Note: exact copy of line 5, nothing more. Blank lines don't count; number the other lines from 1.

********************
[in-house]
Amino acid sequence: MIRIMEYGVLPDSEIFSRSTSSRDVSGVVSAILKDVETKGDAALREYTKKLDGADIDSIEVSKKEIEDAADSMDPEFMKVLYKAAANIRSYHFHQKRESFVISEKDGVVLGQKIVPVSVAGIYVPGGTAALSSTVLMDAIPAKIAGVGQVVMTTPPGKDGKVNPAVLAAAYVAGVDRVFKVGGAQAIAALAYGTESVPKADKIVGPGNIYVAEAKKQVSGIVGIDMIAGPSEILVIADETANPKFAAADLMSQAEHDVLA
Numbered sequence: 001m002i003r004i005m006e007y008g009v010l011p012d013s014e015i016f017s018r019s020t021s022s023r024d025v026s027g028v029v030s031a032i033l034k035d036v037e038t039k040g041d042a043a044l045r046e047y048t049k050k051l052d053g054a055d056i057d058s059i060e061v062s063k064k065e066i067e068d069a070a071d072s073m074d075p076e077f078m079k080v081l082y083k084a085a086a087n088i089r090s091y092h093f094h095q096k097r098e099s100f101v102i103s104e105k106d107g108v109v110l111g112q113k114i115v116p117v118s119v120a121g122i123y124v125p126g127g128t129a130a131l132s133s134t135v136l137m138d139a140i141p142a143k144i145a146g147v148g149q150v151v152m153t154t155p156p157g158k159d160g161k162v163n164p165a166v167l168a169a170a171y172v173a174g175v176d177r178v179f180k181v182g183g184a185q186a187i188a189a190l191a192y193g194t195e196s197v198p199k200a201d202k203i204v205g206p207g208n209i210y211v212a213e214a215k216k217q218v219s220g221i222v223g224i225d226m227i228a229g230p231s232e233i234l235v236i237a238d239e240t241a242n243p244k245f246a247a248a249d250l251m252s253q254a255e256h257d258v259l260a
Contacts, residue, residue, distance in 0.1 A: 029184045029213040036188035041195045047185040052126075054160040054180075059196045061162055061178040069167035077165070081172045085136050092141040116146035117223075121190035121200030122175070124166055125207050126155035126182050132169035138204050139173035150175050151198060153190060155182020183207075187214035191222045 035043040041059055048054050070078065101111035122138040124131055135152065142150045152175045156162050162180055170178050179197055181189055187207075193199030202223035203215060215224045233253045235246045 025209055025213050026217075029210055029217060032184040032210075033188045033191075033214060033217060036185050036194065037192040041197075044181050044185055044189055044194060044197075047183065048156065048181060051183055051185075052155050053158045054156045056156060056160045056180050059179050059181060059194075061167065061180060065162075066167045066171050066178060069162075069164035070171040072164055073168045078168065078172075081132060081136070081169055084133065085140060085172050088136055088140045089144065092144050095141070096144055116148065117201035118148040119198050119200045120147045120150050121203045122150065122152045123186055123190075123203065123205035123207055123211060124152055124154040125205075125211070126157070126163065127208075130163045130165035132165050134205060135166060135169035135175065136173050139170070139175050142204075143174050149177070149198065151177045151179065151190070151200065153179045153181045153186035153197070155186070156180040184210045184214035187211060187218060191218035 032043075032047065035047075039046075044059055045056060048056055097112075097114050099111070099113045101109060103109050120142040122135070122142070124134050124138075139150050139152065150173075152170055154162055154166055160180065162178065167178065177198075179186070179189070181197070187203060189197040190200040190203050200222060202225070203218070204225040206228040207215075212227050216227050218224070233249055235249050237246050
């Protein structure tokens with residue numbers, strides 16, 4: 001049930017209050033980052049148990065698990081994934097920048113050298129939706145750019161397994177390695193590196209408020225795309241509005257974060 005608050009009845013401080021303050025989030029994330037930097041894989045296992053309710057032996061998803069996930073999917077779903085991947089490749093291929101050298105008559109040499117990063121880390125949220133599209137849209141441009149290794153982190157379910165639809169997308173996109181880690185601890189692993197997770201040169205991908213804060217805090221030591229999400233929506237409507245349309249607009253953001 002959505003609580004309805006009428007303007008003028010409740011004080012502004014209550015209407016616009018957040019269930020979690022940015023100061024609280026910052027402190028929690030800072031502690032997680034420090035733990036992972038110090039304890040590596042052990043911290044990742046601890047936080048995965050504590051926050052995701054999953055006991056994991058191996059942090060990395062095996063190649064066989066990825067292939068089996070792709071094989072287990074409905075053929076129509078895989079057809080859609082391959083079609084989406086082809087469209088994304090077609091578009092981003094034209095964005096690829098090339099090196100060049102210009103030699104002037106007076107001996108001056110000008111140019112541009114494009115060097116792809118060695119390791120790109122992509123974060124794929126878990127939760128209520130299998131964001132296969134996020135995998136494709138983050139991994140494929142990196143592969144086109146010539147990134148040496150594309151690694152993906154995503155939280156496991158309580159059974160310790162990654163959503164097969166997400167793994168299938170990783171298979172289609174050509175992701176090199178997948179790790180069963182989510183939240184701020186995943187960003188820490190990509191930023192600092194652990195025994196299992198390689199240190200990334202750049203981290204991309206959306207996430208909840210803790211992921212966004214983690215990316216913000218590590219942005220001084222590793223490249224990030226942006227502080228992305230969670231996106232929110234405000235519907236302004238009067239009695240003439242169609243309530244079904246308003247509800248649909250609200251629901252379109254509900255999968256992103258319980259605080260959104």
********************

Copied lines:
């Protein structure tokens with residue numbers, strides 16, 4: 001049930017209050033980052049148990065698990081994934097920048113050298129939706145750019161397994177390695193590196209408020225795309241509005257974060 005608050009009845013401080021303050025989030029994330037930097041894989045296992053309710057032996061998803069996930073999917077779903085991947089490749093291929101050298105008559109040499117990063121880390125949220133599209137849209141441009149290794153982190157379910165639809169997308173996109181880690185601890189692993197997770201040169205991908213804060217805090221030591229999400233929506237409507245349309249607009253953001 002959505003609580004309805006009428007303007008003028010409740011004080012502004014209550015209407016616009018957040019269930020979690022940015023100061024609280026910052027402190028929690030800072031502690032997680034420090035733990036992972038110090039304890040590596042052990043911290044990742046601890047936080048995965050504590051926050052995701054999953055006991056994991058191996059942090060990395062095996063190649064066989066990825067292939068089996070792709071094989072287990074409905075053929076129509078895989079057809080859609082391959083079609084989406086082809087469209088994304090077609091578009092981003094034209095964005096690829098090339099090196100060049102210009103030699104002037106007076107001996108001056110000008111140019112541009114494009115060097116792809118060695119390791120790109122992509123974060124794929126878990127939760128209520130299998131964001132296969134996020135995998136494709138983050139991994140494929142990196143592969144086109146010539147990134148040496150594309151690694152993906154995503155939280156496991158309580159059974160310790162990654163959503164097969166997400167793994168299938170990783171298979172289609174050509175992701176090199178997948179790790180069963182989510183939240184701020186995943187960003188820490190990509191930023192600092194652990195025994196299992198390689199240190200990334202750049203981290204991309206959306207996430208909840210803790211992921212966004214983690215990316216913000218590590219942005220001084222590793223490249224990030226942006227502080228992305230969670231996106232929110234405000235519907236302004238009067239009695240003439242169609243309530244079904246308003247509800248649909250609200251629901252379109254509900255999968256992103258319980259605080260959104």